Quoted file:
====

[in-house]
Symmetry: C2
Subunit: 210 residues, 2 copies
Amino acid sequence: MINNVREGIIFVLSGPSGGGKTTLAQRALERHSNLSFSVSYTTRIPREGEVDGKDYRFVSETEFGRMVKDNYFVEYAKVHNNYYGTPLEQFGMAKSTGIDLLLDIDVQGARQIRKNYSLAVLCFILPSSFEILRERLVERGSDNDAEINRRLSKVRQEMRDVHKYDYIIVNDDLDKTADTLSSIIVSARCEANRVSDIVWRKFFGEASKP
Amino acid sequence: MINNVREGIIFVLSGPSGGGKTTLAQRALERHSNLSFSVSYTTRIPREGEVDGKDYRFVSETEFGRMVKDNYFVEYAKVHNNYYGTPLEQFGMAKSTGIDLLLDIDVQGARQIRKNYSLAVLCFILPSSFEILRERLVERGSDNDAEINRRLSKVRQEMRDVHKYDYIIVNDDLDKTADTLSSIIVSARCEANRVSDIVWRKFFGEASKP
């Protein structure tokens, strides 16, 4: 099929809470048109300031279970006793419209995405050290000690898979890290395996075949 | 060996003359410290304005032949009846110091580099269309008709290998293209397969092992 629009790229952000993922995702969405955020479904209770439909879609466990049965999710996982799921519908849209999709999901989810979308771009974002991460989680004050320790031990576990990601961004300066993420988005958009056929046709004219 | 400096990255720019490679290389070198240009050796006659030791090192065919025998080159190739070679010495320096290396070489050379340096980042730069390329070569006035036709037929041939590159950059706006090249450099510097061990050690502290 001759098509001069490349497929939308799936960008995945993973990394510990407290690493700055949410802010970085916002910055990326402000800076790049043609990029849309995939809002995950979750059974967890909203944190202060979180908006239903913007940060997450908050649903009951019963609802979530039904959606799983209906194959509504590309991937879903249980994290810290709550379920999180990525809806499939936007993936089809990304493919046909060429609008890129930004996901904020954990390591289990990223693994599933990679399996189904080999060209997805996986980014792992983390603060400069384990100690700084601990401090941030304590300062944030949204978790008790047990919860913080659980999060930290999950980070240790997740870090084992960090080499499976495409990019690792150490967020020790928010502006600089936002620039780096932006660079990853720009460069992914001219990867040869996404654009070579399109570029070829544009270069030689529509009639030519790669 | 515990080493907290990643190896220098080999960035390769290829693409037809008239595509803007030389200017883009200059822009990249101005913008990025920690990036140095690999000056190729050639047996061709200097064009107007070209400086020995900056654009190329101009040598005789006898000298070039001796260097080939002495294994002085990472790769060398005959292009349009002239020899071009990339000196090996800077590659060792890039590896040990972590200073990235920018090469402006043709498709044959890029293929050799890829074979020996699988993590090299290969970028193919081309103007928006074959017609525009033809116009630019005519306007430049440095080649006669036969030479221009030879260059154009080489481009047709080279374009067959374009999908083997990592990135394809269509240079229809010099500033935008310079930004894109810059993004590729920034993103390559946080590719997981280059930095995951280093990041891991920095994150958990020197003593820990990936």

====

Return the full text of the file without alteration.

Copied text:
[in-house]
Symmetry: C2
Subunit: 210 residues, 2 copies
Amino acid sequence: MINNVREGIIFVLSGPSGGGKTTLAQRALERHSNLSFSVSYTTRIPREGEVDGKDYRFVSETEFGRMVKDNYFVEYAKVHNNYYGTPLEQFGMAKSTGIDLLLDIDVQGARQIRKNYSLAVLCFILPSSFEILRERLVERGSDNDAEINRRLSKVRQEMRDVHKYDYIIVNDDLDKTADTLSSIIVSARCEANRVSDIVWRKFFGEASKP
Amino acid sequence: MINNVREGIIFVLSGPSGGGKTTLAQRALERHSNLSFSVSYTTRIPREGEVDGKDYRFVSETEFGRMVKDNYFVEYAKVHNNYYGTPLEQFGMAKSTGIDLLLDIDVQGARQIRKNYSLAVLCFILPSSFEILRERLVERGSDNDAEINRRLSKVRQEMRDVHKYDYIIVNDDLDKTADTLSSIIVSARCEANRVSDIVWRKFFGEASKP
């Protein structure tokens, strides 16, 4: 099929809470048109300031279970006793419209995405050290000690898979890290395996075949 | 060996003359410290304005032949009846110091580099269309008709290998293209397969092992 629009790229952000993922995702969405955020479904209770439909879609466990049965999710996982799921519908849209999709999901989810979308771009974002991460989680004050320790031990576990990601961004300066993420988005958009056929046709004219 | 400096990255720019490679290389070198240009050796006659030791090192065919025998080159190739070679010495320096290396070489050379340096980042730069390329070569006035036709037929041939590159950059706006090249450099510097061990050690502290 001759098509001069490349497929939308799936960008995945993973990394510990407290690493700055949410802010970085916002910055990326402000800076790049043609990029849309995939809002995950979750059974967890909203944190202060979180908006239903913007940060997450908050649903009951019963609802979530039904959606799983209906194959509504590309991937879903249980994290810290709550379920999180990525809806499939936007993936089809990304493919046909060429609008890129930004996901904020954990390591289990990223693994599933990679399996189904080999060209997805996986980014792992983390603060400069384990100690700084601990401090941030304590300062944030949204978790008790047990919860913080659980999060930290999950980070240790997740870090084992960090080499499976495409990019690792150490967020020790928010502006600089936002620039780096932006660079990853720009460069992914001219990867040869996404654009070579399109570029070829544009270069030689529509009639030519790669 | 515990080493907290990643190896220098080999960035390769290829693409037809008239595509803007030389200017883009200059822009990249101005913008990025920690990036140095690999000056190729050639047996061709200097064009107007070209400086020995900056654009190329101009040598005789006898000298070039001796260097080939002495294994002085990472790769060398005959292009349009002239020899071009990339000196090996800077590659060792890039590896040990972590200073990235920018090469402006043709498709044959890029293929050799890829074979020996699988993590090299290969970028193919081309103007928006074959017609525009033809116009630019005519306007430049440095080649006669036969030479221009030879260059154009080489481009047709080279374009067959374009999908083997990592990135394809269509240079229809010099500033935008310079930004894109810059993004590729920034993103390559946080590719997981280059930095995951280093990041891991920095994150958990020197003593820990990936």